Isle Christmas trees get airlift
The 4,500 fresh-cut trees are the first large-scale air delivery
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The options for picking imported Christmas trees are getting fresher.
The first-ever large-scale air shipment of the traditional holiday Douglas, Noble and Grand firs was scheduled to arrive in Honolulu last night.
A Boeing 747 freighter operated by Evergreen International Aviation Inc. was bringing 4,500 trees from Portland, Ore. The company grew the trees in its agricultural division.
The trees, which were cut Wednesday, will go on sale at Evergreen's Honolulu International Airport location and through isle wholesalers and fundraisers. They range in height from four to 10 feet.
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The holiday travel season can be tough, especially for a Hawaii-bound Christmas tree.
The more than 2,500-mile trek from the Pacific Northwest often involves hours in a truck and another seven days in a refrigerated shipping container across the Pacific.
Until late last night.
A Boeing 747-200 cargo plane full of Christmas trees was slated to arrive in Honolulu last night.
How many: 4,500
When cut: Wednesday
On sale: At Evergreen's Honolulu International Airport location, 110 Keehi Place, this weekend and through isle retailers and fundraisers during the holiday season.
Shipped by: McMinnville, Ore.-based Evergreen International Aviation Inc.
More information: Call (971) 237-9006
Source: Evergreen International Aviation
That's when a Boeing 747 was scheduled to arrive in Honolulu full of Douglas, Noble and Grand firs, marking the first large-scale air delivery of Christmas trees to the state.
The 4,500 trees were shipped out of the Portland International Airport in Oregon to sell through fundraisers and wholesalers, said Laura Graham, a spokeswoman for McMinnville, Ore.-based Evergreen International Aviation Inc., which is shipping trees grown by its agricultural division.
"There was interest this year, and we thought that it would be a nice thing to do," she said. "Evergreen has shipped small numbers of Christmas trees to Hawaii in the past, but all on boats."
Each tree costs $15 to $20 to ship. Graham declined to indicate what local schools, churches and wholesalers Evergreen is working with, or the retail price for the trees, which range in height from four to 10 feet. In the past several years, isle buyers have paid upward of $200 for an imported tree.
The trees are harvested by helicopter, baled and loaded into refrigerated containers and shipped to their destination within 24 hours, she said. This batch was cut Wednesday at Evergreen's 8,000-acre farm, where the company also grows grapes, hazelnuts and blueberries. About 800 acres are devoted to the harvesting of 100,000 Christmas trees annually.
The majority of Hawaii's Christmas trees are shipped by sea, said Domingo Cravalho Jr., chief of the state Department of Agriculture's Inspection and Compliance Section, which inspects all imported trees.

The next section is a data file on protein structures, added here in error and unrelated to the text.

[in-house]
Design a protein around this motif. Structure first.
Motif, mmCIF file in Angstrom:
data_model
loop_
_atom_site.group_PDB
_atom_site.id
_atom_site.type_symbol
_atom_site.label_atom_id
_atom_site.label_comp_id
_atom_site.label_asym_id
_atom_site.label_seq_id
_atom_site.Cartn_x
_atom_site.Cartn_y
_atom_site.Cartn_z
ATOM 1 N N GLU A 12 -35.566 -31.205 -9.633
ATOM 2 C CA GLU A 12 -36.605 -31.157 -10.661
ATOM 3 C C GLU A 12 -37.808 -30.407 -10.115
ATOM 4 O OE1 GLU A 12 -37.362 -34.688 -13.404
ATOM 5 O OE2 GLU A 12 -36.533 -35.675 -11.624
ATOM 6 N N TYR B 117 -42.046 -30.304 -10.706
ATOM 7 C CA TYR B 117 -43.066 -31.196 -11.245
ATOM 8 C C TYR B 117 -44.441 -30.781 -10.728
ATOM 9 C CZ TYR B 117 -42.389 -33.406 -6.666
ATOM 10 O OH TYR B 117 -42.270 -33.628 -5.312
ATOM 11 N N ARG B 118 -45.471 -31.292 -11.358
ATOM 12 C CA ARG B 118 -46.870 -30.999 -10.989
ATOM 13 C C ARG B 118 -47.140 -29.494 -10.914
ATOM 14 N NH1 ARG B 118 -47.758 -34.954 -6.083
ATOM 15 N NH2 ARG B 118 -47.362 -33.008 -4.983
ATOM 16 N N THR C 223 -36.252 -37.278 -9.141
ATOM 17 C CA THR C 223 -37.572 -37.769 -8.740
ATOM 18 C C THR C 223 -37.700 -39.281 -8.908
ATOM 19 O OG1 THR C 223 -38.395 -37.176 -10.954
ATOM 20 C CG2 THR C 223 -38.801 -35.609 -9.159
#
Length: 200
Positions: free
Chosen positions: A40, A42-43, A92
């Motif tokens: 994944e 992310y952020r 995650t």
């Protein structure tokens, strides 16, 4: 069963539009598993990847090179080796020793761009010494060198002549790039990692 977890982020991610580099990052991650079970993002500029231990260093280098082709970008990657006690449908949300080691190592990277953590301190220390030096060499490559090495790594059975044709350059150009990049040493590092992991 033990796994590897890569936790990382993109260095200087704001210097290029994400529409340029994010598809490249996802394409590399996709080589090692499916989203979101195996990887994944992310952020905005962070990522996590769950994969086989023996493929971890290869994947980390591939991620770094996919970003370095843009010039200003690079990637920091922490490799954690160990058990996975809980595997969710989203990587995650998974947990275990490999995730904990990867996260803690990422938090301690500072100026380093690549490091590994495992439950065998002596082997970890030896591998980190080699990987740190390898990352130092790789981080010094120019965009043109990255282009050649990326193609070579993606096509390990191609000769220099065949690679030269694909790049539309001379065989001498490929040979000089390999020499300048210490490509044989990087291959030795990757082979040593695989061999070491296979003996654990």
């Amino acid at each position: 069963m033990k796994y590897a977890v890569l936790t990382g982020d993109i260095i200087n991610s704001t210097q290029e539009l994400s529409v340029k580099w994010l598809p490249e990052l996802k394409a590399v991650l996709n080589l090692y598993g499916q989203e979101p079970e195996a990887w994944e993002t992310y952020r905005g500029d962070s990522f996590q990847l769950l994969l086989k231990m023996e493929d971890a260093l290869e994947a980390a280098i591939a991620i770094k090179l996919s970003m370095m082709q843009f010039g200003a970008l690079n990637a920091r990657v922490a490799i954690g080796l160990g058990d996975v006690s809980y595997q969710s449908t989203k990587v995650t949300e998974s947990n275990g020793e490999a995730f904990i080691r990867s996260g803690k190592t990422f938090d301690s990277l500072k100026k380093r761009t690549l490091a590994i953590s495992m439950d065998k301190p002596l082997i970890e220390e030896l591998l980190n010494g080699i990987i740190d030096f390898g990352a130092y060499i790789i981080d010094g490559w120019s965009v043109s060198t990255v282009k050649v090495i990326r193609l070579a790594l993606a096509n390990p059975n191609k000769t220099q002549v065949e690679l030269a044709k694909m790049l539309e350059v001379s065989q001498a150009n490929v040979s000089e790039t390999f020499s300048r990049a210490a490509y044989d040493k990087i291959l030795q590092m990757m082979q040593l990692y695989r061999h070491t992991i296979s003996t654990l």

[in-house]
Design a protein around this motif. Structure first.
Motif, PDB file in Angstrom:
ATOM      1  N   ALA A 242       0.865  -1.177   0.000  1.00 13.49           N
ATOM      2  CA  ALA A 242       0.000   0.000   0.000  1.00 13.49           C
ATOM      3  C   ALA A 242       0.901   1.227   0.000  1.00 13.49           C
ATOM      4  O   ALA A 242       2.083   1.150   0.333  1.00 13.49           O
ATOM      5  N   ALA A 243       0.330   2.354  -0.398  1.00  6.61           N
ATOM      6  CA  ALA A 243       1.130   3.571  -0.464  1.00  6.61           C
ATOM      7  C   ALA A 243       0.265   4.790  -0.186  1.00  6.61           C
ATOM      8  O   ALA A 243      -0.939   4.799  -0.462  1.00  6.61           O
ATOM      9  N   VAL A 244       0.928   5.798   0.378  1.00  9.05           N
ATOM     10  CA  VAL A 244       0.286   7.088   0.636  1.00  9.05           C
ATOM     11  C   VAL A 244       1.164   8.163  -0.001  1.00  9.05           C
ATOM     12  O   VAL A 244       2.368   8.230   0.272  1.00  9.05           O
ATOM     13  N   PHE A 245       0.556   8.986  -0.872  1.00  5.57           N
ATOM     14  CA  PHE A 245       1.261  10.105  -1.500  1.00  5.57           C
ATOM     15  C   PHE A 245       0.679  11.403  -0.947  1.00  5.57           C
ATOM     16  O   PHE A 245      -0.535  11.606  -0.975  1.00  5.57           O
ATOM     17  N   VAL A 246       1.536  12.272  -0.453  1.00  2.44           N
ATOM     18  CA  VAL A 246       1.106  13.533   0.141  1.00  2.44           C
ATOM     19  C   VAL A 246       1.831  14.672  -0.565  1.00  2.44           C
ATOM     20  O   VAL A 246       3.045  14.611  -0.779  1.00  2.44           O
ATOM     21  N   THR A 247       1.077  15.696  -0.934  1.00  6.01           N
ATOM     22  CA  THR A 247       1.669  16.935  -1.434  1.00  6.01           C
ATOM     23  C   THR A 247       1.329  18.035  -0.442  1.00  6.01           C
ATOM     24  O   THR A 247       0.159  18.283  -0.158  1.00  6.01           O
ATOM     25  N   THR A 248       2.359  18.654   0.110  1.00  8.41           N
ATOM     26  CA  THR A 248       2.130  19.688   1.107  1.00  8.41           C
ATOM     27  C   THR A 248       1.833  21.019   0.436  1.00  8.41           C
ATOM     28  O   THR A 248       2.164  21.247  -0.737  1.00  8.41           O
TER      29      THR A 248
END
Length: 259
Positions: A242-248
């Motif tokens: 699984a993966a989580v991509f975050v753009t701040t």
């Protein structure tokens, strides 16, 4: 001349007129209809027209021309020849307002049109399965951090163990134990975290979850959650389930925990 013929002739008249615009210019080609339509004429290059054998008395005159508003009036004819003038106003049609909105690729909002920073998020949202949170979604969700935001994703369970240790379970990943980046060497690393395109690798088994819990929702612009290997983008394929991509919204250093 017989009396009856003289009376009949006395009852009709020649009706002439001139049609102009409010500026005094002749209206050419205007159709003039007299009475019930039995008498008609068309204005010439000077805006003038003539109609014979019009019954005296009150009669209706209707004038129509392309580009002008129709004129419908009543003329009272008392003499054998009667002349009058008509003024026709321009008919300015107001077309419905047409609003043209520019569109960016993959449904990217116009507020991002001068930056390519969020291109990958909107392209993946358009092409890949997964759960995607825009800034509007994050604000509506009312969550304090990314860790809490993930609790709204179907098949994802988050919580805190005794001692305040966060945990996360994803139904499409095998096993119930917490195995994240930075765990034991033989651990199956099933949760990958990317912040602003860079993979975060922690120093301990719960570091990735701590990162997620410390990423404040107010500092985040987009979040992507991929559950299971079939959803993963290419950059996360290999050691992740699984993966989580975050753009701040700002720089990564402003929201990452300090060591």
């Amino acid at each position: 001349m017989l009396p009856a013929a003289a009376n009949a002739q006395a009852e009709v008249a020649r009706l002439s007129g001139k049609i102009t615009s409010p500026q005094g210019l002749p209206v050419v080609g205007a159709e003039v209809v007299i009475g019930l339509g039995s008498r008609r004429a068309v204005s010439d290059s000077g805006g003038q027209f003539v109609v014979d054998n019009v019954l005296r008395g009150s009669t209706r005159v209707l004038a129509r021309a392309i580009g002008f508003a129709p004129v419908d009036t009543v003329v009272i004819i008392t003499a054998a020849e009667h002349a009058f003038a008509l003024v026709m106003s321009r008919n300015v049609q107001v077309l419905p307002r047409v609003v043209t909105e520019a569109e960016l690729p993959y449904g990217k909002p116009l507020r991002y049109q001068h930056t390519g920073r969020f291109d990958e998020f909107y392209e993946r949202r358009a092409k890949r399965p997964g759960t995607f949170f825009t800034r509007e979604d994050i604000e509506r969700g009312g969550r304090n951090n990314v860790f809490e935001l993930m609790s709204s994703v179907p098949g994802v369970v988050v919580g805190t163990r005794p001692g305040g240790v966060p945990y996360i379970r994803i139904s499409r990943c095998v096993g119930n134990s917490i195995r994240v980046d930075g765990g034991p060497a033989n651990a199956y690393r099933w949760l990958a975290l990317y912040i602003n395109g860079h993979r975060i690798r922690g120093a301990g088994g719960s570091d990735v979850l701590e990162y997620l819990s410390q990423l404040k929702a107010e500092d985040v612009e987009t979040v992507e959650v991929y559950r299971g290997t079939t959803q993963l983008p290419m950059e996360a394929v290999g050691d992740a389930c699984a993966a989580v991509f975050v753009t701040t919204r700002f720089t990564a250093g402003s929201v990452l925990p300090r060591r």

"We've had sporadic air shipments of trees," he said. "Very small shipments -- this is the first time that I can recall of any large aircraft shipment coming. We are anxiously awaiting it."
The last large surface shipment of trees arrived here the week before Thanksgiving, he said. It had 101 containers each loaded with 300 trees. The agriculture department said last week that it expects about 150,000 Christmas trees to arrive in Hawaii this year, primarily from Oregon and Washington.
Matson Navigation Co., the state's largest ocean shipper, handles four shipments of Christmas trees each year, spokesman Jeff Hull said. The first and smallest shipment arrived on Nov. 10, with the last shipment expected to arrive tomorrow.
"We ship over 100,000 trees during the holiday season," he said. "It's an unusual shipment in that we need to make sure there's a lot of refrigerated containers loaded and inspected at the site."
Most trees are transported on rail from Portland to Seattle, where they are loaded onto a Matson cargo ship that makes a seven-day trip to Honolulu, stopping in Oakland, Calif. Hull said he didn't know how many trees are then shipped to neighbor islands.
Tacoma, Wash.-based Christmas tree grower Kirk Co. is one of six major tree growers shipping to Hawaii through Matson this year. Vice President Ralph Nilssen said the company ships about 8 to 10 percent of its harvest to Hawaii, which accounts for tens of thousands of trees.
"We are shipping about 10 percent more trees than we did last year," he said. "It's a good-size increase."
Kirk's last isle shipment will arrive tomorrow, ranging from the least expensive Douglas firs up to the Noble fir, typically the priciest Christmas tree.
Yesterday's flight will be the only air shipment of trees this year for Evergreen, but the company is considering a repeat trip next holiday season, Graham said.
"We'll see how it goes this year," she said.